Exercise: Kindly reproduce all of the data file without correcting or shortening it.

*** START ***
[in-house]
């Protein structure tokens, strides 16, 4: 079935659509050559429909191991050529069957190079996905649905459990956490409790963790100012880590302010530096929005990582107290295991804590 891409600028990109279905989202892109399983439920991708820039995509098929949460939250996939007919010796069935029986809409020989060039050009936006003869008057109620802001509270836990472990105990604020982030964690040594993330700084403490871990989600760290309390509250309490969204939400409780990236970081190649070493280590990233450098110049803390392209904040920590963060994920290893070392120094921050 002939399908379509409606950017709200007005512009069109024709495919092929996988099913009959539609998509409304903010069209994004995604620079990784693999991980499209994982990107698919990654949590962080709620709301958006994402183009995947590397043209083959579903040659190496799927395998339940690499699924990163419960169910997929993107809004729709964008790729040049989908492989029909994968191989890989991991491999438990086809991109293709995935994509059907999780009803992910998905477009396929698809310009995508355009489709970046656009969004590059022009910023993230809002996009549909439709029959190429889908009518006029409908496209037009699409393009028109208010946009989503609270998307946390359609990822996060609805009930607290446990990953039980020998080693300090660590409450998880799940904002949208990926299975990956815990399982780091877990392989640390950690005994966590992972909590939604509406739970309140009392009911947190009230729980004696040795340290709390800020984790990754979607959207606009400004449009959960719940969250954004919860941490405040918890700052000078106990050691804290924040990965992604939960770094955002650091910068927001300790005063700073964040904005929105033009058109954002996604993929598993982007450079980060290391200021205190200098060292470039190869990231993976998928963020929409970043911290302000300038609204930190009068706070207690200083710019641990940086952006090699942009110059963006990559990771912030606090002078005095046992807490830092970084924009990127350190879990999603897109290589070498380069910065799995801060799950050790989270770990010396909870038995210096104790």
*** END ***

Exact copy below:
[in-house]
């Protein structure tokens, strides 16, 4: 079935659509050559429909191991050529069957190079996905649905459990956490409790963790100012880590302010530096929005990582107290295991804590 891409600028990109279905989202892109399983439920991708820039995509098929949460939250996939007919010796069935029986809409020989060039050009936006003869008057109620802001509270836990472990105990604020982030964690040594993330700084403490871990989600760290309390509250309490969204939400409780990236970081190649070493280590990233450098110049803390392209904040920590963060994920290893070392120094921050 002939399908379509409606950017709200007005512009069109024709495919092929996988099913009959539609998509409304903010069209994004995604620079990784693999991980499209994982990107698919990654949590962080709620709301958006994402183009995947590397043209083959579903040659190496799927395998339940690499699924990163419960169910997929993107809004729709964008790729040049989908492989029909994968191989890989991991491999438990086809991109293709995935994509059907999780009803992910998905477009396929698809310009995508355009489709970046656009969004590059022009910023993230809002996009549909439709029959190429889908009518006029409908496209037009699409393009028109208010946009989503609270998307946390359609990822996060609805009930607290446990990953039980020998080693300090660590409450998880799940904002949208990926299975990956815990399982780091877990392989640390950690005994966590992972909590939604509406739970309140009392009911947190009230729980004696040795340290709390800020984790990754979607959207606009400004449009959960719940969250954004919860941490405040918890700052000078106990050691804290924040990965992604939960770094955002650091910068927001300790005063700073964040904005929105033009058109954002996604993929598993982007450079980060290391200021205190200098060292470039190869990231993976998928963020929409970043911290302000300038609204930190009068706070207690200083710019641990940086952006090699942009110059963006990559990771912030606090002078005095046992807490830092970084924009990127350190879990999603897109290589070498380069910065799995801060799950050790989270770990010396909870038995210096104790």